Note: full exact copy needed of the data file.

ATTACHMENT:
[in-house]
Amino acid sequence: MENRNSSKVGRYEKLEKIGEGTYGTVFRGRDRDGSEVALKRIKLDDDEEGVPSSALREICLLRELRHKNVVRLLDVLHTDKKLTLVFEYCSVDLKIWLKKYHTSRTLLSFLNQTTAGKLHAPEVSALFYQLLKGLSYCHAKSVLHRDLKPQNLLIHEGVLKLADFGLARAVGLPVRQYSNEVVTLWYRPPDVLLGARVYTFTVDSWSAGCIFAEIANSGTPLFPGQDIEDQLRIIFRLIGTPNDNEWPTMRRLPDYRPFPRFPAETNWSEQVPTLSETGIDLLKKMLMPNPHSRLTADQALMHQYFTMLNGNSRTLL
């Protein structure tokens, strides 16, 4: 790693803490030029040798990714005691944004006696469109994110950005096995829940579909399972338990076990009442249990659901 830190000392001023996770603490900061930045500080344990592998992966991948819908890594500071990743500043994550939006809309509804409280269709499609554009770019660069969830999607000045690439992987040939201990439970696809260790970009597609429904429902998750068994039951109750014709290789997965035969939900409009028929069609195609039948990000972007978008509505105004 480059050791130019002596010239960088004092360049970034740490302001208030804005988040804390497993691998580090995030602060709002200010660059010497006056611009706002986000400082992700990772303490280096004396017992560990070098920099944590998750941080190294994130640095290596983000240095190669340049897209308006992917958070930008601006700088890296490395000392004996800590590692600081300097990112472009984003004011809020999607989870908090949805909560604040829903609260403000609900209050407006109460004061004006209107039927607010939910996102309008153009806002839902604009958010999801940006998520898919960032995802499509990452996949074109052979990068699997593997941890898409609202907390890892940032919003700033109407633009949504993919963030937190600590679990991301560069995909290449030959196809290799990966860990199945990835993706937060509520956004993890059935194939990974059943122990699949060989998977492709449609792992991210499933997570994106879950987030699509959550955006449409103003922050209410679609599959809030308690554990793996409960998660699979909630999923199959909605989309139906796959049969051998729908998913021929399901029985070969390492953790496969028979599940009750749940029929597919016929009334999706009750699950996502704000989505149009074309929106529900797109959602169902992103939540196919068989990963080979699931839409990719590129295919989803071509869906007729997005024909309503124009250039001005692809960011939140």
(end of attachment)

[in-house]
Amino acid sequence: MENRNSSKVGRYEKLEKIGEGTYGTVFRGRDRDGSEVALKRIKLDDDEEGVPSSALREICLLRELRHKNVVRLLDVLHTDKKLTLVFEYCSVDLKIWLKKYHTSRTLLSFLNQTTAGKLHAPEVSALFYQLLKGLSYCHAKSVLHRDLKPQNLLIHEGVLKLADFGLARAVGLPVRQYSNEVVTLWYRPPDVLLGARVYTFTVDSWSAGCIFAEIANSGTPLFPGQDIEDQLRIIFRLIGTPNDNEWPTMRRLPDYRPFPRFPAETNWSEQVPTLSETGIDLLKKMLMPNPHSRLTADQALMHQYFTMLNGNSRTLL
């Protein structure tokens, strides 16, 4: 790693803490030029040798990714005691944004006696469109994110950005096995829940579909399972338990076990009442249990659901 830190000392001023996770603490900061930045500080344990592998992966991948819908890594500071990743500043994550939006809309509804409280269709499609554009770019660069969830999607000045690439992987040939201990439970696809260790970009597609429904429902998750068994039951109750014709290789997965035969939900409009028929069609195609039948990000972007978008509505105004 480059050791130019002596010239960088004092360049970034740490302001208030804005988040804390497993691998580090995030602060709002200010660059010497006056611009706002986000400082992700990772303490280096004396017992560990070098920099944590998750941080190294994130640095290596983000240095190669340049897209308006992917958070930008601006700088890296490395000392004996800590590692600081300097990112472009984003004011809020999607989870908090949805909560604040829903609260403000609900209050407006109460004061004006209107039927607010939910996102309008153009806002839902604009958010999801940006998520898919960032995802499509990452996949074109052979990068699997593997941890898409609202907390890892940032919003700033109407633009949504993919963030937190600590679990991301560069995909290449030959196809290799990966860990199945990835993706937060509520956004993890059935194939990974059943122990699949060989998977492709449609792992991210499933997570994106879950987030699509959550955006449409103003922050209410679609599959809030308690554990793996409960998660699979909630999923199959909605989309139906796959049969051998729908998913021929399901029985070969390492953790496969028979599940009750749940029929597919016929009334999706009750699950996502704000989505149009074309929106529900797109959602169902992103939540196919068989990963080979699931839409990719590129295919989803071509869906007729997005024909309503124009250039001005692809960011939140």